Yovanna Pineda

Yovanna Pineda, Ph.D.


  • Ph.D. from University of California Los Angeles (2002)
  • M.A. in History from University of California Los Angeles (1996)
  • B.A. in History and Latin American Studies from University of California Los Angeles (1994)

Research Interests

  • History of Latin America (Nineteenth and Twentieth centuries)
  • History of Technology and Science
  • Industrialization and Machinery
  • Economic History
  • Rural studies

Recent Research Activities

Yovanna Pineda is an Associate Professor of History. She is author of the book Industrial Development in a Frontier Economy: The industrialization of Argentina, 1890-1930 (Stanford, 2009). She will be on sabbatical during the 2016-2017 academic year to work on her second book project, Harvesting Technology: Farm Machinery Use, Invention and Memory in Argentina and on a companion documentary, The Birthplace of the Harvester. A primary aim of the book is to challenge the perception that developing regions tend to trail behind more developed areas and persistently depend on foreign technologies. It examines how Argentine farmers and blacksmiths in the nineteenth century improved their local technological competencies by tinkering with transferred farm technologies from the United Kingdom and the United States to the point that by the early twentieth century, they began inventing their own farm machinery and methods. Drawing on invention patents, the archives of family-owned factories, and over sixty oral histories of the men and women who designed and used domestic farm machinery, Pineda demonstrates that Argentine inventors and manufacturers developed farm machinery as technically advanced as those in more economically advanced nations because of their simple, light-weight, and rugged designs for perennial outdoor exposure that enabled anyone with minimal training to operate the machinery. By the mid-twentieth century, they produced farm machinery and exported to farm fields well beyond the Pampas, including in Brazil, Venezuela, and the former Soviet bloc nations. 

The Birthplace of the Harvester is a documentary that explores the history of farm machinery and community in San Vicente, Santa Fe, a small rural town located in the fertile Pampas of Argentina that was home to five harvester and farm machinery companies during the twentieth century.  The film illustrates the memories of the engineers and farmers that created the machinery and the experiences of the men and women who used it.  Through interviews, archival footage, and narration, it explains the importance of technology in forming a community identity and in designing harvesters that were exported well beyond the Santa Fe region, and into the rest of Argentina, other South American nations, and even former Soviet Bloc nations. In so doing, it shows that technological innovation not only exists in developing nations, but thrives within small rural towns. 

Selected Publications


  • Industrial Development in a Frontier Economy: The Industrialization of Argentina, 1890-1930, Stanford University Press, 2009


  • Farm Machinery Users, Designers and Government Policy in Argentina, 1861-1930, Agricultural History, forthcoming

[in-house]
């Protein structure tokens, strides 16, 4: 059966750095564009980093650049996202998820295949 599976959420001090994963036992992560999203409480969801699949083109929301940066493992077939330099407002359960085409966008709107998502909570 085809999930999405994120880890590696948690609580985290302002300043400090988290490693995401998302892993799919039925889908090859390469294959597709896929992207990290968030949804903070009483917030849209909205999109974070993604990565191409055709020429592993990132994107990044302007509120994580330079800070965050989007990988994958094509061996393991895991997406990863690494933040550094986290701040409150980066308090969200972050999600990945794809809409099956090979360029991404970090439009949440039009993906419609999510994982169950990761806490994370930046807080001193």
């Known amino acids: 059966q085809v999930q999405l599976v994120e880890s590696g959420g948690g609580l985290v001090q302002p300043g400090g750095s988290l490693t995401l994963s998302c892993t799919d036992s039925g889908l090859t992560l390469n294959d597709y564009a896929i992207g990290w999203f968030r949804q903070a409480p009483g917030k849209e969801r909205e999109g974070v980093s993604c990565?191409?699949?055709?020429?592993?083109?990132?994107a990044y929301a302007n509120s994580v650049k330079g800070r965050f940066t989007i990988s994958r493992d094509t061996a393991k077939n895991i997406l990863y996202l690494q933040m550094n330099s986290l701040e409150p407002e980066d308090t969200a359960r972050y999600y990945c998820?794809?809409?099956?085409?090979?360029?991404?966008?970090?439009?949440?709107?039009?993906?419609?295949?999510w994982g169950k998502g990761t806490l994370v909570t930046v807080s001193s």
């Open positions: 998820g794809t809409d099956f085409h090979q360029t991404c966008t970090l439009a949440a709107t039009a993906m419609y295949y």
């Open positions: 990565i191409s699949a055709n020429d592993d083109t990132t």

• Technology in Latin America’s Past and Present: New Evidence from the Patent Records. Co-authored with Edward Beatty and Patricio Sáiz. Latin American Research Review, Vol. 52, no. 1 (March 2017).

  • “Gender‐Based Legislation and Female Labor Productivity in Argentine Factories, 1895‐1935.” Estudios Económicos, Vol. XXIX no. 58 (January‐June 2012), 39‐61.
  • “Financing Manufacturing Innovation in Argentina, 1890-1930,” Business History Review, Vol. 83 (Autumn 2009), 539-562
  • “Manufacturing Profits and Strategies in Argentine Industrial Development, 1904-1930,” Business History, Vol. 49, no. 2 (March 2007), 186-210
  • “Sources of Finance and Reputation: Merchant Finance Groups in Argentine Industrialization, 1890-1930,” Latin American Research Review, Vol. 41, no. 2 (June 2006), 3-30



  • 2015, Pauley Endowment Travel Award, History Department, University of Central Florida
  • 2014, Summer Stipends Award, National Endowment for the Humanities
  • 2014, Summer Seminar on Jewish Buenos Aires, National Endowment for the Humanities
  • 2013, Research Development Travel Award, College of Arts and Humanities Research Office, University of Central Florida
  • 2013, Pauley Endowment Travel Award, History Department, University of Central Florida 
  • 2011-2012, In-House Research Grants, Office of Research and Commercialization, University of Central Florida
  • 2009-2010, Santander Visiting Scholar, David Rockefeller Center for Latin American Studies, Harvard University


  • 2016 Active Learning Course Innovation Program, Faculty Center for Teaching and Learning, University of Central Florida
  • 2013 Faculty Fellow, Writing across the Curriculum Program, University of Central Florida
  • 2011, Equipment and Software Support Grant for Teaching, Center for the Humanities and Digital Research, University of Central Florida
  • 2010, Course Design and Development Training (80 hours), Center for Distributed Learning, University of Central Florida
  • 2002, Course Development Grant, U.S. Department of Education Title VI Grant for Global Studies Program, St. Michael's College


  • 2016, "UCF Woman Making History” Award for service in UCF’s Parental Leave Policy, Center for the Success of Faculty Women, University of Central Florida, March


No courses found for Summer 2016.

No courses found for Fall 2016.

No courses found for Spring 2017.

No courses found for Summer 2017.

Course Number Course Title Mode Date and Time Syllabus
91049 HIS3462 History of Science Rdce Time M,W 11:30AM - 12:20PM Unavailable
No Description Available
91068 LAH4503 History of South America Rdce Time M,W 1:30PM - 2:20PM Unavailable
No Description Available

No courses found for Spring 2018.

Updated: Mar 16, 2017